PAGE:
05/18/2010 11:00PM

Beyond the breakups

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Ron Charles, in his role as president of Santa Anita Park, boarded a flight from Los Angeles last Friday headed for Baltimore. He was flying first class, but even so he was delighted to discover that he would have interesting company and more than plenty of elbow room for the hours ahead. Martin Garcia was in the next seat.

"What a delightful young man," Charles said of the jockey. "Bright, and very inquisitive. He wasn't the least bit shy about asking all sorts of questions about the racing business. We went through the papers and talked about the things written about him getting the mount on Lookin At Lucky in the Preakness. There was one comment that said the biggest minus for the colt was 'the rider switch.' I didn't show him that one, although I'm not sure it would have bothered him very much."

In terms of timing, it was an odd intersection of two guys who work in the same business. Garcia, 25, was on his way to climb the tallest mountain of his burgeoning career. Charles, 58, would be a witness to Garcia's Preakness success, and then, the following afternoon, he would fly to Toronto and resign from a job that, at least on paper, should have been the best executive position in racing.

There were very public firings behind them both. Garcia picked up the choice Preakness mount because trainer Bob Baffert and principal owner Mike Pegram decided that Garrett Gomez was the Jonah on the troubled ship Lookin At Lucky and threw him overboard. Charles had just been handed the last straw in his increasingly dysfunctional relationship with Santa Anita's ownership group, Magna International Developments, which had terminated its agreement with the Oak Tree Racing Association. The announcement was made while Charles was in the air.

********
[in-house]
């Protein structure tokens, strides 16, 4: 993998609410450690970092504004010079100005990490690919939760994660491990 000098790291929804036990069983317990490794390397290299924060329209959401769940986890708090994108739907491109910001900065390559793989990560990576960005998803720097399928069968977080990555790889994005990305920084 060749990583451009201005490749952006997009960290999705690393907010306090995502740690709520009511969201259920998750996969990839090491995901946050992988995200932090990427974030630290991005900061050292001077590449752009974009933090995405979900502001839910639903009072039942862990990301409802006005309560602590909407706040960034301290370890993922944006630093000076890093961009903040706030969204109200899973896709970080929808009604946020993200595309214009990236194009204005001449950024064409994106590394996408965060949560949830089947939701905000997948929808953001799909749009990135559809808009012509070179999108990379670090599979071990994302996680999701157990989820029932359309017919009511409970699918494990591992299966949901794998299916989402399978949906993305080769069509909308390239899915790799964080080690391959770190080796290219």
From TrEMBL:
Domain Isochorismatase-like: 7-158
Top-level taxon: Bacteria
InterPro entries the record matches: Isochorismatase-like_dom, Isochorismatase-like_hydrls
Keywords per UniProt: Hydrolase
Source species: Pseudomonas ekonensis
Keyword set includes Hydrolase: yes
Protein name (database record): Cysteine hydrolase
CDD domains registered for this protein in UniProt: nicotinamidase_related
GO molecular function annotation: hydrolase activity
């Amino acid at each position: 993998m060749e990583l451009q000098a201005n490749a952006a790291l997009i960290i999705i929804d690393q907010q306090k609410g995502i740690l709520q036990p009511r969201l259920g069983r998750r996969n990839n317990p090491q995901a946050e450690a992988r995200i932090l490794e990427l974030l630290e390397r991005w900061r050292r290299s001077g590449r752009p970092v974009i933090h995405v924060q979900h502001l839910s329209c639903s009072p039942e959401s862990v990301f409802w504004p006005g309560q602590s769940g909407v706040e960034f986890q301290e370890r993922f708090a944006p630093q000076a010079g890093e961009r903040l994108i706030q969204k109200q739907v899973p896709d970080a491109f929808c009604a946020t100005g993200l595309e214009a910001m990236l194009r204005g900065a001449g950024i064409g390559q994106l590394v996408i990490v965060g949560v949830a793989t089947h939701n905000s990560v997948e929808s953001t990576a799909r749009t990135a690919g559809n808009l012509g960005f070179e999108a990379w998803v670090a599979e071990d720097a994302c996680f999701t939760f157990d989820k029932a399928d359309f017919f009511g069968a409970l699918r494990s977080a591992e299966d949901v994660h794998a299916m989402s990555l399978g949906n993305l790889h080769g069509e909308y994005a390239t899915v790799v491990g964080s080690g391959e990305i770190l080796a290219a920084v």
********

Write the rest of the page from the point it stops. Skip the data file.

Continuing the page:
Gomez, reigning four-time national champion, did nothing blatant to lose his job on Lookin At Lucky, unless he can be held responsible for drawing the 13-hole in the Breeders' Cup Juvenile, the No. 1 post for the Kentucky Derby, or for the fact that the colt was dead short when he ran in the Santa Anita Derby because of time lost due to a minor injury suffered in the Rebel Stakes at Oaklawn Park.

But just as ball team owners fire managers instead of the starting rotation or a $50 million shortstop in a slump, racehorse owners and trainers tend to view jockeys as the expendable component in the operation. Jockeys, of course, are well rewarded when everything clicks, so don't bother with any pity parties. And one jock's firing is always another's opportunity, to be seized as Garcia did in the Preakness when he and Lookin At Lucky got a reasonable draw and a fair shake.

For Baffert to insist Gomez was not "fired," but that things just needed to be shaken up a little, summons memories of President Clinton's famous definition of "is." Gomez, whose admirable portfolio still does not contain a Triple Crown event, was fired from the horse who would have won him one.